As for the business side of having a credit card, this gives you the ability to separate personal and business finances. It also gives your business a way to use credit for short-term expenses. If you have employees who regularly do work outside the business, take clients to lunch, or do handy work, having a business card can eliminate the need to compensate them for spending their personal money, making things easier as a business owner.

Why Do You Need a Business Credit Card?

Getting a business credit card can help build a profile and improve your chances of getting credit or loans in the future, along with helping you to get better borrowing terms. Just like a personal credit card, you can use it to buy short-term needs or provide a cushion for emergencies. It’s also usually a good idea to keep your business and personal finances separate, so using a company credit card is ideal if you want to separate the two for tax and legal purposes. This way, you don’t mix up your business debt with your personal ones, and you can keep organized.

And, as mentioned before, if you’re going to be doing a lot of client meetings or relying on employees to buy supplies, giving them a business credit card can save time and paperwork. If you own a small restaurant but rely on a manager to keep the place running, giving that manager access to a business card to make purchases on behalf of the business makes operations easier. If a light fixture needs replacing, or a window needs repair, having a business card can cover those costs all while making their purchase simpler.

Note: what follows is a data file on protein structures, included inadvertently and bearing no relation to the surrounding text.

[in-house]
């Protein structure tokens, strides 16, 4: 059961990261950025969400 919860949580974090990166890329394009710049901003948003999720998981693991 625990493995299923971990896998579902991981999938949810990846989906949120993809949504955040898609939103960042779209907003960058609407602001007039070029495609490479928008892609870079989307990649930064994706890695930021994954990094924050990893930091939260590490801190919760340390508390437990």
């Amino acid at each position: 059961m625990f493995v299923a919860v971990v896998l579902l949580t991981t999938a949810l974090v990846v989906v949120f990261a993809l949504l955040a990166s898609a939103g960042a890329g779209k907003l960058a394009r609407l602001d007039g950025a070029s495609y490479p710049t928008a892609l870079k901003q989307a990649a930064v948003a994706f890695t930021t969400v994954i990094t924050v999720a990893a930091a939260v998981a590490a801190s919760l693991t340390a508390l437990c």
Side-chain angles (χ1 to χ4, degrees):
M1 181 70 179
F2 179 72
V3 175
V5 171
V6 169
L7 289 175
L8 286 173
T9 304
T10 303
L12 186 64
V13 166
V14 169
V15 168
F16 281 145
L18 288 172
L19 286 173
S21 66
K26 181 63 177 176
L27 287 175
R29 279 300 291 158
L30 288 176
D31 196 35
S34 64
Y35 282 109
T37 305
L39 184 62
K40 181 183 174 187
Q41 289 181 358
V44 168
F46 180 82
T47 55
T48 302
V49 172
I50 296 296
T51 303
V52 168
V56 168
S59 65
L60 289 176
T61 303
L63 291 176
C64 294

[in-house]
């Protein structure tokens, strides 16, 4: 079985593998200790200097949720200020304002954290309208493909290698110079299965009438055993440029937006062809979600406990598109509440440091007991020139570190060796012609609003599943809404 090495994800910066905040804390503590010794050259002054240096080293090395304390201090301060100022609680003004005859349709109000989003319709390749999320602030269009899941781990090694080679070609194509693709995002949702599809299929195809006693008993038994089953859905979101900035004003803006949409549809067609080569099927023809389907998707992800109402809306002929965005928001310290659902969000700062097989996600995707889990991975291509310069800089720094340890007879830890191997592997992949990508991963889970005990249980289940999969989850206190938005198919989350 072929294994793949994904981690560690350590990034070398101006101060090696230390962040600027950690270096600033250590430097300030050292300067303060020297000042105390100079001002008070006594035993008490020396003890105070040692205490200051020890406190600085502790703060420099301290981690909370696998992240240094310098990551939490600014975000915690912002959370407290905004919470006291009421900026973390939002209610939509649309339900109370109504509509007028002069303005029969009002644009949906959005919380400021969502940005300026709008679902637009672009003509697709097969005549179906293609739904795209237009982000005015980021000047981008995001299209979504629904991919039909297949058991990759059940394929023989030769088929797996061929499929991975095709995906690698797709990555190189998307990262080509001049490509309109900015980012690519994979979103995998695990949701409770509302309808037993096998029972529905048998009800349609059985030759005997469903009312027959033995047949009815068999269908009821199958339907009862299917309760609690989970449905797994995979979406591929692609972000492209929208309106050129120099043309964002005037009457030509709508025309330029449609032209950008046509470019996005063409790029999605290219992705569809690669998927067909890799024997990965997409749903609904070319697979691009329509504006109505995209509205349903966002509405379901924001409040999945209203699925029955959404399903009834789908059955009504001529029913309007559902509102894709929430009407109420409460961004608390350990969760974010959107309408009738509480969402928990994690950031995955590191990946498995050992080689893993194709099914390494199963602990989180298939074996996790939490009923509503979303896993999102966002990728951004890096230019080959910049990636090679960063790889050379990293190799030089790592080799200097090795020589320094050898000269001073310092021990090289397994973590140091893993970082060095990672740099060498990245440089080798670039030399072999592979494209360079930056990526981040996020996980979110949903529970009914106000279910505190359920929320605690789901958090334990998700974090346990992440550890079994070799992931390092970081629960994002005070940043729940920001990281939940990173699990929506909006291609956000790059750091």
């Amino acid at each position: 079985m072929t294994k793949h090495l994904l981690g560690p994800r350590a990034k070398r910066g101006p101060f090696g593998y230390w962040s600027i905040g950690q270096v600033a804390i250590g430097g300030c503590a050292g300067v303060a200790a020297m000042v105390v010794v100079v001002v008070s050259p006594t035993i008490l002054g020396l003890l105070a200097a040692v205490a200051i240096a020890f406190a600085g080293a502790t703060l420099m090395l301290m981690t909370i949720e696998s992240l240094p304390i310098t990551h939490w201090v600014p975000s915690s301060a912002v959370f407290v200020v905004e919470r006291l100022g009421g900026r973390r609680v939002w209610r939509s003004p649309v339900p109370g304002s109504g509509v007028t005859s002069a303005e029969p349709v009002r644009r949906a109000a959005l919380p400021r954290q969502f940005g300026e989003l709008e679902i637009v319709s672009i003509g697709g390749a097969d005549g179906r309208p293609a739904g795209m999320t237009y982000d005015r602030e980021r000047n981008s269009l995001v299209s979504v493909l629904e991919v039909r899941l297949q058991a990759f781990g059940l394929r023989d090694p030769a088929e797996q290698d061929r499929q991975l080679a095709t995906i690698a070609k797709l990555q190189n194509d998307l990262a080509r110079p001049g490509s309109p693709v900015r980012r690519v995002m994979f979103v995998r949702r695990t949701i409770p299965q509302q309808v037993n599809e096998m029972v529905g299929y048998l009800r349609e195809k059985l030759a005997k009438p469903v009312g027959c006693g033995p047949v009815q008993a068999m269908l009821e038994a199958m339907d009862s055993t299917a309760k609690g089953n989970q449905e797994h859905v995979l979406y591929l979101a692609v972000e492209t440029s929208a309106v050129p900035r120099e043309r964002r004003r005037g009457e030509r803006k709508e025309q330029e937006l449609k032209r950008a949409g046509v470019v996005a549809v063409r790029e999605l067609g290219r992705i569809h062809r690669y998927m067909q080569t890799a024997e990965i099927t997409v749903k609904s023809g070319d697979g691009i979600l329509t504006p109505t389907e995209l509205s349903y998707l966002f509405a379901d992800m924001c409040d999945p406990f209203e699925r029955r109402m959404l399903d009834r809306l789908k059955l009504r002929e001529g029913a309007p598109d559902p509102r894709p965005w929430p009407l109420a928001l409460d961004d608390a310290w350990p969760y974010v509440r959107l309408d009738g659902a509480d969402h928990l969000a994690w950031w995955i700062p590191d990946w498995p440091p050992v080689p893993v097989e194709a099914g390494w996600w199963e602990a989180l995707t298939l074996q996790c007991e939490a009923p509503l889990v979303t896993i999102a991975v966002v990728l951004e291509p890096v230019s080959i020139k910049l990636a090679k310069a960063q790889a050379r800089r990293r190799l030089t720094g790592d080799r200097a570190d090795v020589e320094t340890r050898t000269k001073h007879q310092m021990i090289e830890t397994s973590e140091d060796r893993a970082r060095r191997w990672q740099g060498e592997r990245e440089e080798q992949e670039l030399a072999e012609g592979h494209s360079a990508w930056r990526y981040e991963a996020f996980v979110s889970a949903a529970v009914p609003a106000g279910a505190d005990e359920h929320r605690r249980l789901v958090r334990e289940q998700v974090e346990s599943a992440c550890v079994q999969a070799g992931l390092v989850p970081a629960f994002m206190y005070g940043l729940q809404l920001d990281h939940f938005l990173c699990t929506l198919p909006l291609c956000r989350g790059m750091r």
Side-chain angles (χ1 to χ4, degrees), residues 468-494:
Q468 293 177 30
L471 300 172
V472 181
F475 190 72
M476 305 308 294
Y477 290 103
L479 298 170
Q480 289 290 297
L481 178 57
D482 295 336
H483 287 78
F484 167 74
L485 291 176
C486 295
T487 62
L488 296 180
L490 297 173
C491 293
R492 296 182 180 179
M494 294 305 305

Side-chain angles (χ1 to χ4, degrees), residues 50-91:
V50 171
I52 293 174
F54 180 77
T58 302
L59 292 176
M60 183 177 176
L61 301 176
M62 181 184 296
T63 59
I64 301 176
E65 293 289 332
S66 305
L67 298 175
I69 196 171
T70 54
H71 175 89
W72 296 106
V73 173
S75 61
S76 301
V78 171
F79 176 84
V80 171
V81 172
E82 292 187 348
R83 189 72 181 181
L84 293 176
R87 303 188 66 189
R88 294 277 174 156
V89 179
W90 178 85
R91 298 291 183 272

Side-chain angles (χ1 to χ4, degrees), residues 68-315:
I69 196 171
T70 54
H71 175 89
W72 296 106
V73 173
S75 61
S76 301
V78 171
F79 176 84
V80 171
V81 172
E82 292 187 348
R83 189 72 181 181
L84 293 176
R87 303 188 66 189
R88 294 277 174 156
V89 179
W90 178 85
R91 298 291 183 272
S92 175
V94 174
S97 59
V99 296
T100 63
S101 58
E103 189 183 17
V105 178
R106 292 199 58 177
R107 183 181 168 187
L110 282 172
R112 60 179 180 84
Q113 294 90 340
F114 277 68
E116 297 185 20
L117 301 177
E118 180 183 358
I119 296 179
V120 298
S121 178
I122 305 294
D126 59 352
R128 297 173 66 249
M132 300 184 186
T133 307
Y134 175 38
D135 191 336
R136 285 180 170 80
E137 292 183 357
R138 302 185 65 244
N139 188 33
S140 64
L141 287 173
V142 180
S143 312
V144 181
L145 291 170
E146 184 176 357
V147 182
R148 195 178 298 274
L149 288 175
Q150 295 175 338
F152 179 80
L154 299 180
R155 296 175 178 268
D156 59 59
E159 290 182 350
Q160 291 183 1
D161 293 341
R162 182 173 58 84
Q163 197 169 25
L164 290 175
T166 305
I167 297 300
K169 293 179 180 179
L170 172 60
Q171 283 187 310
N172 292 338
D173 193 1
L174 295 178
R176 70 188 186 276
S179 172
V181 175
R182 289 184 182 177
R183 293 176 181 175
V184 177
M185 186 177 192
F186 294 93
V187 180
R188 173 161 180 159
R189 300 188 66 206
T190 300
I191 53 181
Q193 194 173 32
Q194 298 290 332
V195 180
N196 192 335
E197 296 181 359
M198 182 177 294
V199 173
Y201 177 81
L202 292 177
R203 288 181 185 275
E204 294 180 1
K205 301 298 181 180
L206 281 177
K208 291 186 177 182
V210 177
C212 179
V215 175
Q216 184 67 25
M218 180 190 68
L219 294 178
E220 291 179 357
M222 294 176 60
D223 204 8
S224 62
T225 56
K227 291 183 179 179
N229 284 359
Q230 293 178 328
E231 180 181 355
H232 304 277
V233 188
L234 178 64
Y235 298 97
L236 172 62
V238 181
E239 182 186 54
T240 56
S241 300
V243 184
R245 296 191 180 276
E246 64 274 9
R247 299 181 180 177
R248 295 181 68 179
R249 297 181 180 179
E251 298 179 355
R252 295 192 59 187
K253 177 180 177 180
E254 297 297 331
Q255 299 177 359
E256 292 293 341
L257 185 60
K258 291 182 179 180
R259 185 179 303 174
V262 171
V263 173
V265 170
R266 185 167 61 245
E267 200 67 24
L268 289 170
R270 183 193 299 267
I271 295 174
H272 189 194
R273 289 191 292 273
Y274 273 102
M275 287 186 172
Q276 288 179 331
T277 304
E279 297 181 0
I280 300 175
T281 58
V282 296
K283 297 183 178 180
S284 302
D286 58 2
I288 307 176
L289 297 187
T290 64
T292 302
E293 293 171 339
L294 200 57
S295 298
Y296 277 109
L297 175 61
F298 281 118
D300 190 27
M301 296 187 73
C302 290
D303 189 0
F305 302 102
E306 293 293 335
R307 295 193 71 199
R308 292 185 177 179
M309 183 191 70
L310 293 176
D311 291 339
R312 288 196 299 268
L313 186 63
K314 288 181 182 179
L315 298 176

How Do You Get One?

Most lending institutions offer business credit cards, and the process is similar to the application for a personal credit card. Sometimes, you’ll have to back the business credit card with a personal guarantee, which is similar to a guarantor agreement or a collateral agreement. This will hold the individual applying for the card liable if the business defaults on payments, and could affect your personal credit score if that’s the case.